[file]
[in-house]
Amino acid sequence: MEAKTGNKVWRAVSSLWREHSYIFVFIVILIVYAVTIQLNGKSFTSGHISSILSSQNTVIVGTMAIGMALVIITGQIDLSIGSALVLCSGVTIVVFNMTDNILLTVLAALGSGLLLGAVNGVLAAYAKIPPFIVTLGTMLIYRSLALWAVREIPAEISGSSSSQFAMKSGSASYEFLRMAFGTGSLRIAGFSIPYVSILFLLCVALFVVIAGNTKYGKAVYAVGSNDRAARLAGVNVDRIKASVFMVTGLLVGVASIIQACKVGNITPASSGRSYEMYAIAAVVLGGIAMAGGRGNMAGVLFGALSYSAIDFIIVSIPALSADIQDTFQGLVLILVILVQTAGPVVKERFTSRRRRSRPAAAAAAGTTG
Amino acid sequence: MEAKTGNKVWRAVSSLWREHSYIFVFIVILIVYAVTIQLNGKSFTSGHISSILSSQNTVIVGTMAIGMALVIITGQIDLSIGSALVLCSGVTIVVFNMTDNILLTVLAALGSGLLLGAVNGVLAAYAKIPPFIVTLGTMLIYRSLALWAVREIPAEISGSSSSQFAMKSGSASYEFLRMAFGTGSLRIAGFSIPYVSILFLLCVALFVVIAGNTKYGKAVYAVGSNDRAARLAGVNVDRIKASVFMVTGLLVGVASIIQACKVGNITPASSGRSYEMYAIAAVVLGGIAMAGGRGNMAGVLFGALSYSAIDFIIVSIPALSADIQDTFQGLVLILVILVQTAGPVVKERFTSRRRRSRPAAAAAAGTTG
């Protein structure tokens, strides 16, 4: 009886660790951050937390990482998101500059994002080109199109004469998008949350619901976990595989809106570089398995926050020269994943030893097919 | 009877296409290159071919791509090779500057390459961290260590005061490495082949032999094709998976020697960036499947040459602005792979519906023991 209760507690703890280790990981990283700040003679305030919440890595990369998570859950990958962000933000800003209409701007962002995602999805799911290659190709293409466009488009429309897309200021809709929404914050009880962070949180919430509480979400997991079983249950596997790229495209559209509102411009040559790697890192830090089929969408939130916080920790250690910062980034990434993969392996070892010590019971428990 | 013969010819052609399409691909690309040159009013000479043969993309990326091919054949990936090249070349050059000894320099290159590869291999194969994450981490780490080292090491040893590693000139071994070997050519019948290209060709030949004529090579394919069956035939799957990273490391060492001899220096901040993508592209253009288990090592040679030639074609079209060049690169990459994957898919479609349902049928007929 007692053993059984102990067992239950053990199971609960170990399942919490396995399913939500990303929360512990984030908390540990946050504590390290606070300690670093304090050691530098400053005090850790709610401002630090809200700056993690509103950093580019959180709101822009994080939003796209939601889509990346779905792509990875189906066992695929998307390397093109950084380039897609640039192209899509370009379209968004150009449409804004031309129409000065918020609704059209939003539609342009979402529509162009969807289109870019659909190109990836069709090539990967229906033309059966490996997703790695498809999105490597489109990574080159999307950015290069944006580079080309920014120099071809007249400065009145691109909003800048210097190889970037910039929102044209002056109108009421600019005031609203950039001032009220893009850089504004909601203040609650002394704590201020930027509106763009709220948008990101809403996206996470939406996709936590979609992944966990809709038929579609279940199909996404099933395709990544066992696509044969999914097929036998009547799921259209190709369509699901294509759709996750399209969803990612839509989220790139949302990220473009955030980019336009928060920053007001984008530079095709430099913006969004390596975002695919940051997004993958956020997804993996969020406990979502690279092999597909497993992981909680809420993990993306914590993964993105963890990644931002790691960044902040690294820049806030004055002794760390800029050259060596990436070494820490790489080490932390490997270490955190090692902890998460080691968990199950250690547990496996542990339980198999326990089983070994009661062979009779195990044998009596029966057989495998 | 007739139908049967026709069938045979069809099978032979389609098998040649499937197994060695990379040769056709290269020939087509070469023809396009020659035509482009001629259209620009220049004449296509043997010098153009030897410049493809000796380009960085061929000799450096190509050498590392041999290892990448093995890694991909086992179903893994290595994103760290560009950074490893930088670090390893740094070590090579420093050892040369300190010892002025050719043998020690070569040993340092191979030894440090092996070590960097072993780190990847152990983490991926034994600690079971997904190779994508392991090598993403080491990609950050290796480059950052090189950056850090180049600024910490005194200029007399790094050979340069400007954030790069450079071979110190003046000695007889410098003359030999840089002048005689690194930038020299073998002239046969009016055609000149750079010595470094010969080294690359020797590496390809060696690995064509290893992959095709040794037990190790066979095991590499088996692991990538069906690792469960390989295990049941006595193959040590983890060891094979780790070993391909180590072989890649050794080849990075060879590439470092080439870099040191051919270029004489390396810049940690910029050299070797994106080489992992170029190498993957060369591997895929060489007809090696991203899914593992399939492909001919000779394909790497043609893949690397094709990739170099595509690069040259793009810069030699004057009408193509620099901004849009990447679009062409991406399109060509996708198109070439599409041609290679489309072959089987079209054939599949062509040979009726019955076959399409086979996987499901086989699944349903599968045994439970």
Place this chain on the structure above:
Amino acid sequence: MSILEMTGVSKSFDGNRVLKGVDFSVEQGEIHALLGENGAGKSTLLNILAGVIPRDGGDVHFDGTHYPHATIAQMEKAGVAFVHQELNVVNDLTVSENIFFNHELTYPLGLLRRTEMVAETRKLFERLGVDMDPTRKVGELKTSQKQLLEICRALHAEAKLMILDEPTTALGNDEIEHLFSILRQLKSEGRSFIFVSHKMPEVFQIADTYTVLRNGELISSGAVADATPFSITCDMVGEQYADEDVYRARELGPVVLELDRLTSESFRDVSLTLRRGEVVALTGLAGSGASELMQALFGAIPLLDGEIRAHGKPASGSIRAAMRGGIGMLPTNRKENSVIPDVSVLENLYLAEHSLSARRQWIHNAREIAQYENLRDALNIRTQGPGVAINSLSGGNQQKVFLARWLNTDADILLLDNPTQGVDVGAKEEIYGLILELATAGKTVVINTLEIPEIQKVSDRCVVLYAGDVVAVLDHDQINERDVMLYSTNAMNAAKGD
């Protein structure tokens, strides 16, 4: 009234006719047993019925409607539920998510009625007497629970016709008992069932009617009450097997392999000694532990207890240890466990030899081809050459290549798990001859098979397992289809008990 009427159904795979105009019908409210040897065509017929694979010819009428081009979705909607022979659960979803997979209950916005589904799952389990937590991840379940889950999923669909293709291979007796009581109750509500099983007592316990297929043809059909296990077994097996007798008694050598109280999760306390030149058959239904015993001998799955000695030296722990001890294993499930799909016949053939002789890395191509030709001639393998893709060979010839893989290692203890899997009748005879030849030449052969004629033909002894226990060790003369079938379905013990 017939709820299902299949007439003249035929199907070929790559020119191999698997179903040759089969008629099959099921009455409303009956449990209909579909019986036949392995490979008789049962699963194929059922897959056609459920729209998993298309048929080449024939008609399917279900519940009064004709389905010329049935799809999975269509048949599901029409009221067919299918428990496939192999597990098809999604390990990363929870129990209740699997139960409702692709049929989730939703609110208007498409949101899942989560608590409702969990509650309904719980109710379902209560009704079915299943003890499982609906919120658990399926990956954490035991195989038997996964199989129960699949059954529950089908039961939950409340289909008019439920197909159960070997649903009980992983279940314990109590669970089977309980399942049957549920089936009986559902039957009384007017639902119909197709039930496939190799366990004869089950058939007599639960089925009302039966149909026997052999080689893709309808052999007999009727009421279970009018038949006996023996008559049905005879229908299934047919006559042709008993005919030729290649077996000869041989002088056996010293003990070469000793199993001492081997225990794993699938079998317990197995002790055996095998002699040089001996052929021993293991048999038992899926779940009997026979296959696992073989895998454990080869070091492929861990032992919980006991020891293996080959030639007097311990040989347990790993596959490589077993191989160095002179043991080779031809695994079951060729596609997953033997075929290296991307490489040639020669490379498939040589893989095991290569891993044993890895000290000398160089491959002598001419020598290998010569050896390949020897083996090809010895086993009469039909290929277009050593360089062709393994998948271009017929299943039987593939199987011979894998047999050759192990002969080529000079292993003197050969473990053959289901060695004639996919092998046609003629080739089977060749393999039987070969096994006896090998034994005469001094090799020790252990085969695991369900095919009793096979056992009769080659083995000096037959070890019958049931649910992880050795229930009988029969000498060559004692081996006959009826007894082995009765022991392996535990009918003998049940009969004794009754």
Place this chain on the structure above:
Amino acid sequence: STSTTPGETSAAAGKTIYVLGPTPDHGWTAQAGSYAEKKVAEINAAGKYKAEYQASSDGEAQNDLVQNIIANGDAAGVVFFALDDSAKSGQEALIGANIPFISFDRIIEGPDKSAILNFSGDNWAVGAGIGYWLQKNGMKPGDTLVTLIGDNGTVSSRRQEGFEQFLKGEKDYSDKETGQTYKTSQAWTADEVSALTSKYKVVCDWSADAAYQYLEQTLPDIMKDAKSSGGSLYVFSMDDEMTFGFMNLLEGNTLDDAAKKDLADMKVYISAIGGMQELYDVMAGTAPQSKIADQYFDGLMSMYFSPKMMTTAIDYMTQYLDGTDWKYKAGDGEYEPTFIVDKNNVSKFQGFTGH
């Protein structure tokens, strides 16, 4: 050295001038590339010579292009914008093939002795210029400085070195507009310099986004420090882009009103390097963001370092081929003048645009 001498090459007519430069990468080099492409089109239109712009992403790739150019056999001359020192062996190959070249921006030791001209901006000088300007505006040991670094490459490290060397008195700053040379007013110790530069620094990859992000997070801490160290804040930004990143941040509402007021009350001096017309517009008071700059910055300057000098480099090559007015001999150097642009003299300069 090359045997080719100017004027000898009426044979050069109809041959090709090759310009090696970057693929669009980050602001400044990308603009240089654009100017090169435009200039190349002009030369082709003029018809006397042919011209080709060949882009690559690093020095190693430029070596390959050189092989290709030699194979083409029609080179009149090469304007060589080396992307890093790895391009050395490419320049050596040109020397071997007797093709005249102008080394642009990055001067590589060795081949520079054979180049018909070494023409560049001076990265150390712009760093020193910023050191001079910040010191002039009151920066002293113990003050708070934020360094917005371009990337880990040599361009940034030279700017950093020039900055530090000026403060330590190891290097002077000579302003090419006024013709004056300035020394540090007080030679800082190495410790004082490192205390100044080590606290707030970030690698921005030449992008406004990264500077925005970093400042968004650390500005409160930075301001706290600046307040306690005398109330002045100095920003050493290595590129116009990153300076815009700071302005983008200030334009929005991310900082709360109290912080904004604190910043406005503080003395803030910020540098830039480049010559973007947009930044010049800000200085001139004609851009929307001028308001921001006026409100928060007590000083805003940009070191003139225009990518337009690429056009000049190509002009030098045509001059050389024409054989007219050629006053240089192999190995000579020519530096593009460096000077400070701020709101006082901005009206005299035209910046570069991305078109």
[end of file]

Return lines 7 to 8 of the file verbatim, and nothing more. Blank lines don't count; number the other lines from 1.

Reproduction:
């Protein structure tokens, strides 16, 4: 009234006719047993019925409607539920998510009625007497629970016709008992069932009617009450097997392999000694532990207890240890466990030899081809050459290549798990001859098979397992289809008990 009427159904795979105009019908409210040897065509017929694979010819009428081009979705909607022979659960979803997979209950916005589904799952389990937590991840379940889950999923669909293709291979007796009581109750509500099983007592316990297929043809059909296990077994097996007798008694050598109280999760306390030149058959239904015993001998799955000695030296722990001890294993499930799909016949053939002789890395191509030709001639393998893709060979010839893989290692203890899997009748005879030849030449052969004629033909002894226990060790003369079938379905013990 017939709820299902299949007439003249035929199907070929790559020119191999698997179903040759089969008629099959099921009455409303009956449990209909579909019986036949392995490979008789049962699963194929059922897959056609459920729209998993298309048929080449024939008609399917279900519940009064004709389905010329049935799809999975269509048949599901029409009221067919299918428990496939192999597990098809999604390990990363929870129990209740699997139960409702692709049929989730939703609110208007498409949101899942989560608590409702969990509650309904719980109710379902209560009704079915299943003890499982609906919120658990399926990956954490035991195989038997996964199989129960699949059954529950089908039961939950409340289909008019439920197909159960070997649903009980992983279940314990109590669970089977309980399942049957549920089936009986559902039957009384007017639902119909197709039930496939190799366990004869089950058939007599639960089925009302039966149909026997052999080689893709309808052999007999009727009421279970009018038949006996023996008559049905005879229908299934047919006559042709008993005919030729290649077996000869041989002088056996010293003990070469000793199993001492081997225990794993699938079998317990197995002790055996095998002699040089001996052929021993293991048999038992899926779940009997026979296959696992073989895998454990080869070091492929861990032992919980006991020891293996080959030639007097311990040989347990790993596959490589077993191989160095002179043991080779031809695994079951060729596609997953033997075929290296991307490489040639020669490379498939040589893989095991290569891993044993890895000290000398160089491959002598001419020598290998010569050896390949020897083996090809010895086993009469039909290929277009050593360089062709393994998948271009017929299943039987593939199987011979894998047999050759192990002969080529000079292993003197050969473990053959289901060695004639996919092998046609003629080739089977060749393999039987070969096994006896090998034994005469001094090799020790252990085969695991369900095919009793096979056992009769080659083995000096037959070890019958049931649910992880050795229930009988029969000498060559004692081996006959009826007894082995009765022991392996535990009918003998049940009969004794009754």
Place this chain on the structure above: